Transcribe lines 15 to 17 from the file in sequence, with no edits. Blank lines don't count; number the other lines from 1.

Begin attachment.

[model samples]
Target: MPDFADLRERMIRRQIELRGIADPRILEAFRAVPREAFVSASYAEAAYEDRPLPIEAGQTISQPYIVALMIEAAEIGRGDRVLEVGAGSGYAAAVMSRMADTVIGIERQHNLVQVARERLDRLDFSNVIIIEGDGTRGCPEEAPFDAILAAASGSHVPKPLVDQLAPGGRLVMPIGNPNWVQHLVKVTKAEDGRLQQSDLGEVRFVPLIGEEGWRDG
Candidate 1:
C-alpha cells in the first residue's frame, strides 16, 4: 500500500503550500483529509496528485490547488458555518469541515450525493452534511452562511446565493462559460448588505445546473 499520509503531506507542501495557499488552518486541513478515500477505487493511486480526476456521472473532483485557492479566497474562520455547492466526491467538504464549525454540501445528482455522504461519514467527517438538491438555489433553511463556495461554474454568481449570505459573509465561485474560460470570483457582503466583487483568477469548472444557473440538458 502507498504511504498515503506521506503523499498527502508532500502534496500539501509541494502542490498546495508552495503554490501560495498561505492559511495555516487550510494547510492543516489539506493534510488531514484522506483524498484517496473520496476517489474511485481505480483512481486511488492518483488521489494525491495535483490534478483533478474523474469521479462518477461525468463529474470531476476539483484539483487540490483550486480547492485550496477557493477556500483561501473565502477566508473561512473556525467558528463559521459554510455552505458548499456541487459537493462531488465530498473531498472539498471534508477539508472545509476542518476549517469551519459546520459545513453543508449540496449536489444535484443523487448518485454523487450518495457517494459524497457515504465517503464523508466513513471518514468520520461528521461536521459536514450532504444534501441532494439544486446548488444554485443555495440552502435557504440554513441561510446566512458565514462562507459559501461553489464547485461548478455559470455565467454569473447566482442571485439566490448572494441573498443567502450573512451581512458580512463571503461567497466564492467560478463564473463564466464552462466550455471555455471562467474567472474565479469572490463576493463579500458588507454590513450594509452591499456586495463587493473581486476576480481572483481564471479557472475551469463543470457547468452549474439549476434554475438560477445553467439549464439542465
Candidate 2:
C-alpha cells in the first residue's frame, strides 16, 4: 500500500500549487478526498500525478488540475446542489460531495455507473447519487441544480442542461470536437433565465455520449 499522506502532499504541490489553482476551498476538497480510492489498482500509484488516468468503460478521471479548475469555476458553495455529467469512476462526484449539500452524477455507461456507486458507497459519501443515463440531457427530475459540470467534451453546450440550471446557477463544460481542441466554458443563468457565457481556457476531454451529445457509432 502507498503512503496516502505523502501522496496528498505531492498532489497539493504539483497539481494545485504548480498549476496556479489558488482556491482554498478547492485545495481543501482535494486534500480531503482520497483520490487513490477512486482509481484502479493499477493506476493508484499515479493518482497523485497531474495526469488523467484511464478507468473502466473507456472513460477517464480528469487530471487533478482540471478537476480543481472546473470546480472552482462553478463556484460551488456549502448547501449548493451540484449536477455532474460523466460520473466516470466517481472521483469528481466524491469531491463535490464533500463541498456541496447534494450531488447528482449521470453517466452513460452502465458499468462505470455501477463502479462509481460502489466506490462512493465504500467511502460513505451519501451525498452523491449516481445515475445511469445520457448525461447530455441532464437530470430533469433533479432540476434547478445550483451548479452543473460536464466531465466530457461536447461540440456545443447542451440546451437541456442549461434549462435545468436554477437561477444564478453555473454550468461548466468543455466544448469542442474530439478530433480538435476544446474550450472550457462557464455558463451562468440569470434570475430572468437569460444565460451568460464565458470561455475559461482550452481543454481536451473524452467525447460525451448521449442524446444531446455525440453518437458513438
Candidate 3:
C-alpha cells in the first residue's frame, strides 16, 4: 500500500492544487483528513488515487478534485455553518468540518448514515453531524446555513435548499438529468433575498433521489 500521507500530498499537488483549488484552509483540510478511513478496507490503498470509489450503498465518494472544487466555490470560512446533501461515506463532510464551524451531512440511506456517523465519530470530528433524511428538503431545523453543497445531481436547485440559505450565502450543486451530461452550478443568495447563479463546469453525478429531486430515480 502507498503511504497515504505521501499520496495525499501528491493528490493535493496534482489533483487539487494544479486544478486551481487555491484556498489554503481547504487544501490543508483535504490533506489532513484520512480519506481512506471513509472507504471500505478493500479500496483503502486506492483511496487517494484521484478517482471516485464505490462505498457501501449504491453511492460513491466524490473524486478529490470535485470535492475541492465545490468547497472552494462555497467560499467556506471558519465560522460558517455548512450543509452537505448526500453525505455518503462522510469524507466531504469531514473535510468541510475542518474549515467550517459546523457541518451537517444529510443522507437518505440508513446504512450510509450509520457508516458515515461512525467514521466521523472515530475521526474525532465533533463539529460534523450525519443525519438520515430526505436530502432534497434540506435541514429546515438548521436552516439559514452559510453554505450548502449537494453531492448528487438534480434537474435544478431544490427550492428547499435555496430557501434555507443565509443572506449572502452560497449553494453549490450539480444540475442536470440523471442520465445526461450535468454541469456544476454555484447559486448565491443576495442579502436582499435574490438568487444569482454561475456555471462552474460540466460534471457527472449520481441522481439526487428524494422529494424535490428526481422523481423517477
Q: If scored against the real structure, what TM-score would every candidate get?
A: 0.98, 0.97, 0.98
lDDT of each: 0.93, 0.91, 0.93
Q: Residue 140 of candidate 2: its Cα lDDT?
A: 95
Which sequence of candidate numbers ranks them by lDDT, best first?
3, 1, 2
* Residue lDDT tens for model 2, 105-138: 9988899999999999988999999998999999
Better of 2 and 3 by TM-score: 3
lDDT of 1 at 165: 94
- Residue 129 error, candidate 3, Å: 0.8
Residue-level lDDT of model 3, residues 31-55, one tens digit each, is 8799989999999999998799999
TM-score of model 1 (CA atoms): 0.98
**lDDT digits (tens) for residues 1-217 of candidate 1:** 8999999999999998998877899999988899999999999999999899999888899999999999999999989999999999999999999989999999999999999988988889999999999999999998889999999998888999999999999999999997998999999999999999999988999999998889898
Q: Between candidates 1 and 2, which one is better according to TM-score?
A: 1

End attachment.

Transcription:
3, 1, 2
* Residue lDDT tens for model 2, 105-138: 9988899999999999988999999998999999
Better of 2 and 3 by TM-score: 3